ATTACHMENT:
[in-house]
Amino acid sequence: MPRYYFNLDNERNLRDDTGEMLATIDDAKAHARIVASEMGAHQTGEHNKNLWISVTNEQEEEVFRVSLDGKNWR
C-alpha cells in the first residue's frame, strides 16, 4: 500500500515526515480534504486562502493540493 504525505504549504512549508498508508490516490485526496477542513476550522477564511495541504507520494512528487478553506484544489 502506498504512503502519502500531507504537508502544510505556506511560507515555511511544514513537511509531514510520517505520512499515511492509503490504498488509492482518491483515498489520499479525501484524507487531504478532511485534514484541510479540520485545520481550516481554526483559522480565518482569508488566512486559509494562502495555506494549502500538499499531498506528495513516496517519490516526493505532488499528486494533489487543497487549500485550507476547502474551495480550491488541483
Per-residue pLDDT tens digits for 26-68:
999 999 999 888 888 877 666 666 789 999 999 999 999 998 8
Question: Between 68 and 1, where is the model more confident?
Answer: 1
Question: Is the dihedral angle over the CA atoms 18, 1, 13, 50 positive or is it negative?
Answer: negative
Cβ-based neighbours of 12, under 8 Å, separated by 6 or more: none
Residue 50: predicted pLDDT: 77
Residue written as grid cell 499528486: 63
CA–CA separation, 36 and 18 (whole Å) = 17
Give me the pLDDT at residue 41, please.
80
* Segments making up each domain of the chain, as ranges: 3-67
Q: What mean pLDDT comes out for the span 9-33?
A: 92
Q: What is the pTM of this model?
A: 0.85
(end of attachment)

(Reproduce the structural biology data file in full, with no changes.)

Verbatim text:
[in-house]
Amino acid sequence: MPRYYFNLDNERNLRDDTGEMLATIDDAKAHARIVASEMGAHQTGEHNKNLWISVTNEQEEEVFRVSLDGKNWR
C-alpha cells in the first residue's frame, strides 16, 4: 500500500515526515480534504486562502493540493 504525505504549504512549508498508508490516490485526496477542513476550522477564511495541504507520494512528487478553506484544489 502506498504512503502519502500531507504537508502544510505556506511560507515555511511544514513537511509531514510520517505520512499515511492509503490504498488509492482518491483515498489520499479525501484524507487531504478532511485534514484541510479540520485545520481550516481554526483559522480565518482569508488566512486559509494562502495555506494549502500538499499531498506528495513516496517519490516526493505532488499528486494533489487543497487549500485550507476547502474551495480550491488541483
Per-residue pLDDT tens digits for 26-68:
999 999 999 888 888 877 666 666 789 999 999 999 999 998 8
Question: Between 68 and 1, where is the model more confident?
Answer: 1
Question: Is the dihedral angle over the CA atoms 18, 1, 13, 50 positive or is it negative?
Answer: negative
Cβ-based neighbours of 12, under 8 Å, separated by 6 or more: none
Residue 50: predicted pLDDT: 77
Residue written as grid cell 499528486: 63
CA–CA separation, 36 and 18 (whole Å) = 17
Give me the pLDDT at residue 41, please.
80
* Segments making up each domain of the chain, as ranges: 3-67
Q: What mean pLDDT comes out for the span 9-33?
A: 92
Q: What is the pTM of this model?
A: 0.85